Whether you are training for a triathlon or for your next ultra-marathon, making mistakes will undoubtably impede your training progression. To train effectively, you will need to know about the most common mistakes so that you can avoid them.
1. Lack of training periodisation
In any endurance training, there needs to be an element of differentiation throughout the year. Doing a ‘bit of everything’ all year long, instead of following specific training phases, will only provide very limited benefits and fitness improvements. In triathlon, for example, the winter ‘off’ season’ should be utilised to build a solid base level of foundational fitness and strength before moving on to a more race-specific programme in the spring.
2. Training too hard, all of the time
A common mistake that individuals make is believing that a session is wasted if it isn’t hard. As a result, most of their workouts will fall into the same ‘moderately hard’ category. This type of workout should actually be avoided as it provides very little fitness return on your training investment. The ‘moderately hard’ category also results in high levels of fatigue and thus the inability to actually train hard, in a well-planned and structured way. High-intensity training like VO2 max and anaerobic capacity workouts are essential to achieve performance improvements but you will never hit these levels if you try to push every session.
By training too hard, athletes also fail to train at a lower intensity which can bring about many physiological benefits. These lower-intensity workouts can also be combined with form and drill workouts, an excellent way to maximise your time spent training by accomplishing more than one goal at a time.
3. Focusing on a ‘magic’ number
Too many times athletes focus on the number of training miles (or hours), instead of quality. This approach only results in an unhealthy addiction with exercise and copious amounts of fatiguing junk miles that have little performance benefit.
4. Unclear goals or objectives
It is important to have clear objectives and expectations, that are based on your performance metrics like heart rate, pacing and power. The more fact-based they are, the better. Once you have defined your objectives and where your fitness improvements should come from, you can then determine what training plan and structure will be required to achieve these goals and measure your progress.
5. Not considering practicalities
Once your goals and objectives are in place, you will need to temper them with a practical view; there is no point in creating a plan that is not feasible. Think about the time you have, budget, and facilities available before deciding what is achievable.
Do not let perfect get in the way of great!
6. Doing it all alone
Training is a great opportunity to engage with fellow athletes. There is something to be said about the power of working with a group or training partner to increase motivation and performance.
Athletes do not always appreciate the importance of recovery and the physiological adaptation that takes place during this time, but it is an essential component of training. Recovery weeks, rest days and taper weeks have a specific purpose and should not be ignored. Ignoring them will result in a training plateau before fitness declines.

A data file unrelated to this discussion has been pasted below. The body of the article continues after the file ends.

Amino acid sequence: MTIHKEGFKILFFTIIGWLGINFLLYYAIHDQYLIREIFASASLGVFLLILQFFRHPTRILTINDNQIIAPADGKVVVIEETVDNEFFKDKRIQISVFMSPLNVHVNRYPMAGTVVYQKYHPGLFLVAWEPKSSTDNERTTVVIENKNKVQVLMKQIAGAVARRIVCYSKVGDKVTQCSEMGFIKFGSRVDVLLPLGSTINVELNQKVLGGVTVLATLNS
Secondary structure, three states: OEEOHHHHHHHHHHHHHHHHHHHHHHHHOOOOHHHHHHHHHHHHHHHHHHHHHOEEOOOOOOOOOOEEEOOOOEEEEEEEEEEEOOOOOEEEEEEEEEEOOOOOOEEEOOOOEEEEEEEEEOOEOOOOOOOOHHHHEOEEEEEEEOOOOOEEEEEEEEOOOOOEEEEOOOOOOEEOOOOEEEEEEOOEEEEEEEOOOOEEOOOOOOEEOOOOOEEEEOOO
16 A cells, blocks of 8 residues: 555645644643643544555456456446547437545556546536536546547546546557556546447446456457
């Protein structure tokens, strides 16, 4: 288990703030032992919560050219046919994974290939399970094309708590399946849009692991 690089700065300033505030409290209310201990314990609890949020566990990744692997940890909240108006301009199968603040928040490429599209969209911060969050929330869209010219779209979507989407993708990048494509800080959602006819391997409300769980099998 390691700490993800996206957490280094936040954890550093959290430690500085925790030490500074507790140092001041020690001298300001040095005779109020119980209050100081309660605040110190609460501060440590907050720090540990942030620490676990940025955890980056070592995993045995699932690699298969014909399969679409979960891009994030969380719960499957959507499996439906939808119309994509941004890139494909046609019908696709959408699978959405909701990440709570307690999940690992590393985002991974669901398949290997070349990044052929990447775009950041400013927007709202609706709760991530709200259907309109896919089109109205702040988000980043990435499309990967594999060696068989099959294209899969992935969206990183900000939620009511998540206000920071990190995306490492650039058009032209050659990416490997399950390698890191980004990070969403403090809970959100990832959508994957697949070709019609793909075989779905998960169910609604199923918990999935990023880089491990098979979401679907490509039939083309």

8. Poor form
Maximum athletic performance can only be achieved when someone’s physiological efficiency and mechanical efficiency are at their best. It is important to work on your form and technique to ensure that your muscles are activating at the correct intensity, in the correct order, with the correct range of motion.
9. Not fuelling correctly
Training requires the appropriate nutrition in order to maintain performance and prevent injury. This is quite a complex component of training and requires some element of trial and error to get it 100% right. Often, much like their training, athletes will focus too much on specific nutritional practices, that have marginal gains, and neglect the fundamentals. Ultimately, no amount of beetroot juice and intermittent fasting is going to overhaul a poor diet.
Initially, focus on consuming enough calories in a well-balanced manner and taking on enough fluid and electrolytes, before progressing to a more complex outlook on sports nutrition. If you are looking to move things on to the next level, seek professional advice and avoid adopting circulating fads.
10. Taking it too seriously
Too often than not, athletes can get all-consumed with their sport and lose sight of why they started in the first place, for the enjoyment. Remember to always keep it fun.
About the author: Laura Smith is an athlete who has been a Sundried ambassador since 2017.
Want more training advice from our Ambassadors? Connect with Sundried's Personal Trainers on our app, for top tips, free workout plans and more.
Czy zawsze uprawiałeś sport?
Od dziecka intensywnie inwestowałem w sport. Trenowałem judo od 5 do 12 lat i zacząłem trenować Mixed Martial Arts w wieku 15 lat aż do dziś. Przejście do biegania / jazdy na rowerze było stopniowe, ale mocno inspirowane Covid-19, jak wymagane innego gniazdka ze względu na zamknięcie siłowni.
Jakie jest Twoje najdumniejsze osiągnięcie?
Moim największym osiągnięciem w sporcie jest wygranie profesjonalnej walki w Chinach z chińskim zawodnikiem. W Chinach sędziowie mają tendencję do faworyzowania swojego lokalnego zawodnika. Udało mi się wykorzystać moje zarobki z tej walki, aby przenieść się do Europy, gdzie obecnie mieszkam.
Jak przezwyciężyć niepowodzenia?